Thursday, November 15, 2001
Airline industry courting travel agents
Airlines reconsidering snub of agents
By James Pilcher
The Cincinnati Enquirer
After years of a relationship that could be termed strained at best, airlines could be taking some tentative steps toward joining forces with travel agents to help save themselves following the Sept. 11 attacks.
A few airlines, most notably Continental and Northwest, have made direct overtures toward the nation's 26,000 travel agents, which account for 80 percent of all the airline tickets sold, according to the American Society for Travel Agents.
Gordon Bethune, chairman and chief executive officer of Houston-based Continental, recently was the only airline executive to attend the ASTA conference in New York, and the airline has increased some commission rates for group bookings.
Northwest has extended an offer to agents to travel for 10 percent of a ticket's full value.
And even local stalwart Delta Air Lines, which operates its second-largest hub at the Cincinnati/Northern Kentucky International Airport, has offered to send travel agents to Orlando, Fla., to visit Disney World for 10 percent of full value.
Yet after years of seeing their commissions cut and capped, many local travel agents are skeptical about seeing some of that money restored and see these recent attempts as minor.
As far as I'm concerned, they're still steering people to online outlets, said Brenda Banks, owner of Four Seasons Travel in Wyoming. She said her business is off by 45 percent compared with the same time last year, all as a result of the events of Sept. 11 and its drastic effects on the travel industry.
I got out of the individual airline ticket business two years ago because it just wasn't worth it, and I don't see that changing.
The entire relationship between travel agents and airlines also has changed drastically in the past five years with the advent of online travel.
Airlines, seeking to cut distribution costs, aggressively pushed customers to Web sites, while cutting commissions for agents. And agents say that has to change, otherwise the airlines could be missing out on an opportunity to rebuild traffic and revenues.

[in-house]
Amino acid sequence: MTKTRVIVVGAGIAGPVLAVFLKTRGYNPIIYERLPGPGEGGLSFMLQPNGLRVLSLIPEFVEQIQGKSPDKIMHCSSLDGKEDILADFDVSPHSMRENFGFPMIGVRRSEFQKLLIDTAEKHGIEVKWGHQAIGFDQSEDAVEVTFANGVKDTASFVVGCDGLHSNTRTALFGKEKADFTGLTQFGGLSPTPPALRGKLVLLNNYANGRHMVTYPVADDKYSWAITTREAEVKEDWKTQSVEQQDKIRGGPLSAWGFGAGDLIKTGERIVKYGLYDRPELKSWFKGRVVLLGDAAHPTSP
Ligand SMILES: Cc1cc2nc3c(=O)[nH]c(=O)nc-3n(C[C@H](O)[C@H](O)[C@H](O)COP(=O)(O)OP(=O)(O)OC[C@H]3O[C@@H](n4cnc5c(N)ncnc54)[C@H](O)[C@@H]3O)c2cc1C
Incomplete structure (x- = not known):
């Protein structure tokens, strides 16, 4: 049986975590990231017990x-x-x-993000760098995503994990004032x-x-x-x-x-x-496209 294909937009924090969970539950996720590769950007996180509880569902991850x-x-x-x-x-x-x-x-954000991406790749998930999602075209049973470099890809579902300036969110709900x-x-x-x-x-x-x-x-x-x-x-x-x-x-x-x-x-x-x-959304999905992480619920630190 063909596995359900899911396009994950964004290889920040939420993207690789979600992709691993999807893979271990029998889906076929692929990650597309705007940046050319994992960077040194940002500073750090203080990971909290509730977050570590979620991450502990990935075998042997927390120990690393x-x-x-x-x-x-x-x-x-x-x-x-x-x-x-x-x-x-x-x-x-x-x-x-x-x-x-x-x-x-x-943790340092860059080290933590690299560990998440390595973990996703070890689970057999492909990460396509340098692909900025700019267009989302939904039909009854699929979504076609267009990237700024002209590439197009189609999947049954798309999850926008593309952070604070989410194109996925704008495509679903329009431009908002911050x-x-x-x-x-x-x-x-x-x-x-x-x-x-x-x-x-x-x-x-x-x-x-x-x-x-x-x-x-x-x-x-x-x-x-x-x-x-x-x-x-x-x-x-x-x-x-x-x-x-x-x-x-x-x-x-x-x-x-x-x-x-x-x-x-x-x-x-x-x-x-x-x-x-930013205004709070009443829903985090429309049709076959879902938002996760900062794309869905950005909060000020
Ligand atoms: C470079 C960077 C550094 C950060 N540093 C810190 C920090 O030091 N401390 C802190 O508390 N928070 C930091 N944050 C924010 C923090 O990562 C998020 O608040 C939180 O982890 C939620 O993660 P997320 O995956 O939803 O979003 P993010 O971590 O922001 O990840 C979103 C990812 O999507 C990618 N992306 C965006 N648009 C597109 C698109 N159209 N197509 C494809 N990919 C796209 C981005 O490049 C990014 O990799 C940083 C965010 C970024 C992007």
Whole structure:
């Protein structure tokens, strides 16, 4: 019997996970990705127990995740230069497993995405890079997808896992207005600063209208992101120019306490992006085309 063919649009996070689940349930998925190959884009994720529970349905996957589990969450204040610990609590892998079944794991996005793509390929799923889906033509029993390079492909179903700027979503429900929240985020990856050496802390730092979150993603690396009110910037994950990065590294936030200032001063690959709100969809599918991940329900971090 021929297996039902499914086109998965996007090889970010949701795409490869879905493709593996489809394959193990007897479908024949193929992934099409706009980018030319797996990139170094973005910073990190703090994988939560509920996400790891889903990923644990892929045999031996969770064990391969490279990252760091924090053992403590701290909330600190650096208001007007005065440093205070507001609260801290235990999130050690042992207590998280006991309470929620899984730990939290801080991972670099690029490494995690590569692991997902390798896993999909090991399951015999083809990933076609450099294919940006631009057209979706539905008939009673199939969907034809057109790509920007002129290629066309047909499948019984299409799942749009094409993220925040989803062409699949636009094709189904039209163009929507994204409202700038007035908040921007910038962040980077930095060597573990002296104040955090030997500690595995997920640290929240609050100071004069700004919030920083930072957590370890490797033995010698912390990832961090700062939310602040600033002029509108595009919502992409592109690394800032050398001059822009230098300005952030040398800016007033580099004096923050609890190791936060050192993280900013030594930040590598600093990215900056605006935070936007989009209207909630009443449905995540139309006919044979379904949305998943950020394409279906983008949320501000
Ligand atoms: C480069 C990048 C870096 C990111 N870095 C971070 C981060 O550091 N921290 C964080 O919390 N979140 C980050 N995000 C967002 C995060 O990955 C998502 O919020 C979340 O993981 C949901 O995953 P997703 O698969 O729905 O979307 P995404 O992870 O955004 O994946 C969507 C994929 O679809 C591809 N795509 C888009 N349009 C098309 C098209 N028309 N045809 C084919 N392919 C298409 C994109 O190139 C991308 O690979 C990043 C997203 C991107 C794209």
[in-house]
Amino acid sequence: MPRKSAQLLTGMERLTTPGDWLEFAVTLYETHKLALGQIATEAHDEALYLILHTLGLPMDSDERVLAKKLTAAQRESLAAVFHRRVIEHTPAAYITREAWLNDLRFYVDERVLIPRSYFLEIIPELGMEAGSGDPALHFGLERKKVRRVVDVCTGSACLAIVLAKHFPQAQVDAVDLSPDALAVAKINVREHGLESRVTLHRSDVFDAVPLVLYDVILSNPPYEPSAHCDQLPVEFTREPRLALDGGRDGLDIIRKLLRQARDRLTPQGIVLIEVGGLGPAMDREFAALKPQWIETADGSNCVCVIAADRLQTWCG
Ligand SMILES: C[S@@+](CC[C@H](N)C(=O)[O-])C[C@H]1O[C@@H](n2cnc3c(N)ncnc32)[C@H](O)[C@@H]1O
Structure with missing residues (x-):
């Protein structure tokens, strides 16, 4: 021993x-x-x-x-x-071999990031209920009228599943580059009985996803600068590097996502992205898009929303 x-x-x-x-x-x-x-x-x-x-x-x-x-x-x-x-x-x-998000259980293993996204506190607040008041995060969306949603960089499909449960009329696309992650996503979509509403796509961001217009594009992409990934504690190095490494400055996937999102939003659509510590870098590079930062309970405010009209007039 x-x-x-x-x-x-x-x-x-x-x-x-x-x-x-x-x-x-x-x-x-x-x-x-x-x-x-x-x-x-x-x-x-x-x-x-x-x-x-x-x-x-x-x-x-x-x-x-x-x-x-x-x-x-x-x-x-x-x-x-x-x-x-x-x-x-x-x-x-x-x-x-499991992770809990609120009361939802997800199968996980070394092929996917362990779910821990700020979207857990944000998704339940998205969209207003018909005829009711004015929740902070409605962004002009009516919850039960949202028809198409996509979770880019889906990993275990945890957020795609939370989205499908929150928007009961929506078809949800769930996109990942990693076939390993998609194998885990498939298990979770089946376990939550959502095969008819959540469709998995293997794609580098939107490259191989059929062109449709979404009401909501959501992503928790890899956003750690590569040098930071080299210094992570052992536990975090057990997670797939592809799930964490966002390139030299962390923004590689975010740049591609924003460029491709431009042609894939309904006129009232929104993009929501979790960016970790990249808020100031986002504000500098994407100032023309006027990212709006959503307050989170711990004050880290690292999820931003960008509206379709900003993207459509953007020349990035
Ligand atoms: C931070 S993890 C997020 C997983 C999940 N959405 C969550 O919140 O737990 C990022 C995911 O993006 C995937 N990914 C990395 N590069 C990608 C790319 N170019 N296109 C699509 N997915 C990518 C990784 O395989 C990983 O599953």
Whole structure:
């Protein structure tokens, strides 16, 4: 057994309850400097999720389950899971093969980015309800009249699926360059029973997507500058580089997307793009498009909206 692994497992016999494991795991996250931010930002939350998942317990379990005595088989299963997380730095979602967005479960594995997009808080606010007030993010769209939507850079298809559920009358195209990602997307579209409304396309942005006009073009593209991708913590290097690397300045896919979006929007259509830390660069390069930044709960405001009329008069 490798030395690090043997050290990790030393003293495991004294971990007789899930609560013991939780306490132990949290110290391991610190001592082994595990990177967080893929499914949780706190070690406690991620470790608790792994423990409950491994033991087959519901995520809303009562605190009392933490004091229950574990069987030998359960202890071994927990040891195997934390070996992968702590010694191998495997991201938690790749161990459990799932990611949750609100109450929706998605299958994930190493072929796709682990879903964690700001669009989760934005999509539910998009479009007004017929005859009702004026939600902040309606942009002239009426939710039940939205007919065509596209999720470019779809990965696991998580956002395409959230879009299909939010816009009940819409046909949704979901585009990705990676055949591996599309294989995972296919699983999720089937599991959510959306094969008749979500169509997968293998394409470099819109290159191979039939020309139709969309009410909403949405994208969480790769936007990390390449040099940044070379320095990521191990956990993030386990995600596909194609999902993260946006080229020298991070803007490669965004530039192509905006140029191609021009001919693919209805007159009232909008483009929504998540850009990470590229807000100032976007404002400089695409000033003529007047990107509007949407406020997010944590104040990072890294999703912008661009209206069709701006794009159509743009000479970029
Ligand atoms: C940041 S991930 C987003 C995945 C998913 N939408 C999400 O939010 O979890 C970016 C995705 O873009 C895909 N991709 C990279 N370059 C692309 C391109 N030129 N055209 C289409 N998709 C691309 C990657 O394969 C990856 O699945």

They need help, because they're in big trouble, ASTA President Richard Copland said. And while the ice is thawing a little bit, there is still a lot of arrogance out there.
According to local travel agents, Delta's rate is 5 percent, or a maximum of $20 a round-trip ticket, a rate consistent with the rest of the industry.
Agents are also able to book Delta flights online for clients but do not get commissions on special Internet fares.
Delta spokeswoman Cindi Kurczewski would not comment on commissions directly but said travel agents remain an important market for the Atlanta-based airline.
They also remain an important choice for the customer ... but after September 11, all the airlines are looking at cost issues, Ms. Kurczewski said.
She said ticket distribution is the third-highest cost at the airline behind labor and fuel. And how we maintain our relationships with agents will also be developing in this industry that is continually changing.
One such change already was in place before the attacks. Most agents already had begun implementing service charges payable by the client to supplant or replace shrinking commissions.
It's the only way to survive, said Michael Geraci, owner of the Carlson Wagonlit branch in Wyoming, who said he's barely making enough to meet payroll and his rent following the attacks.
Other sectors of the travel industry have been actively courting the agents, with some portions of the Ramada hotel chain this month boosting commissions from 10 percent to 15 percent for stays between Nov. 15 and Jan. 31.
Still, it's airlines that fuel the travel industry, and the relationship with agents could take a while to thaw.
We're seeing a willingness to have discussion and dialogue among the second-tier carriers, and maybe that will carry over (to) the big three of United, Delta and American, Mr. Copland said. I see a light at the end of the tunnel, and I don't think it's another train.
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